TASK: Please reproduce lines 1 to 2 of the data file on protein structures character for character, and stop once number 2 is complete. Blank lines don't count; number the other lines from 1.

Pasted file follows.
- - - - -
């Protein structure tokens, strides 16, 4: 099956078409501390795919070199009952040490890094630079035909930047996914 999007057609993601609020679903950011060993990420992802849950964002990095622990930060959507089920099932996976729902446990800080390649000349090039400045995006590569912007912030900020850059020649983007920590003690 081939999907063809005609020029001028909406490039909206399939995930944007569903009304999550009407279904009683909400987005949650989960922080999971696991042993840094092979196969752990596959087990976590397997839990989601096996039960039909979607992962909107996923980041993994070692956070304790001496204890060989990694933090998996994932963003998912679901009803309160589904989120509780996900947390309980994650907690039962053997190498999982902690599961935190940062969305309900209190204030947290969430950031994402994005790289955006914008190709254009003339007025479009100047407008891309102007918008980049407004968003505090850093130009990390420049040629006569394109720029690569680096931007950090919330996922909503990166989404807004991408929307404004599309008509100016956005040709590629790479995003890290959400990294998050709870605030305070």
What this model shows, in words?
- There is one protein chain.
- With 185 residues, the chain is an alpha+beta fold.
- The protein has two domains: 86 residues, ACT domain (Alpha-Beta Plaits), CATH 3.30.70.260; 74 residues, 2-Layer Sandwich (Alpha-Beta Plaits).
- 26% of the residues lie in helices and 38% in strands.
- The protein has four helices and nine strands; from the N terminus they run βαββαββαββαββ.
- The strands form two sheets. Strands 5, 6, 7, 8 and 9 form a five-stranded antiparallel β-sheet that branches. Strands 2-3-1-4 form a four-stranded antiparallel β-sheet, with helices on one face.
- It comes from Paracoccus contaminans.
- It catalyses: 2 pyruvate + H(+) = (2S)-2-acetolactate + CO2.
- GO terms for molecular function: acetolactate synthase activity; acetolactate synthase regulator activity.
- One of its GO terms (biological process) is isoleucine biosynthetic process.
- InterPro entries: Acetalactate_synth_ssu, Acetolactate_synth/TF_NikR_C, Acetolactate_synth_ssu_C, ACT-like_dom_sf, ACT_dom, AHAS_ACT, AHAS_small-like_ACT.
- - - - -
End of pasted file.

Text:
């Protein structure tokens, strides 16, 4: 099956078409501390795919070199009952040490890094630079035909930047996914 999007057609993601609020679903950011060993990420992802849950964002990095622990930060959507089920099932996976729902446990800080390649000349090039400045995006590569912007912030900020850059020649983007920590003690 081939999907063809005609020029001028909406490039909206399939995930944007569903009304999550009407279904009683909400987005949650989960922080999971696991042993840094092979196969752990596959087990976590397997839990989601096996039960039909979607992962909107996923980041993994070692956070304790001496204890060989990694933090998996994932963003998912679901009803309160589904989120509780996900947390309980994650907690039962053997190498999982902690599961935190940062969305309900209190204030947290969430950031994402994005790289955006914008190709254009003339007025479009100047407008891309102007918008980049407004968003505090850093130009990390420049040629006569394109720029690569680096931007950090919330996922909503990166989404807004991408929307404004599309008509100016956005040709590629790479995003890290959400990294998050709870605030305070």
What this model shows, in words?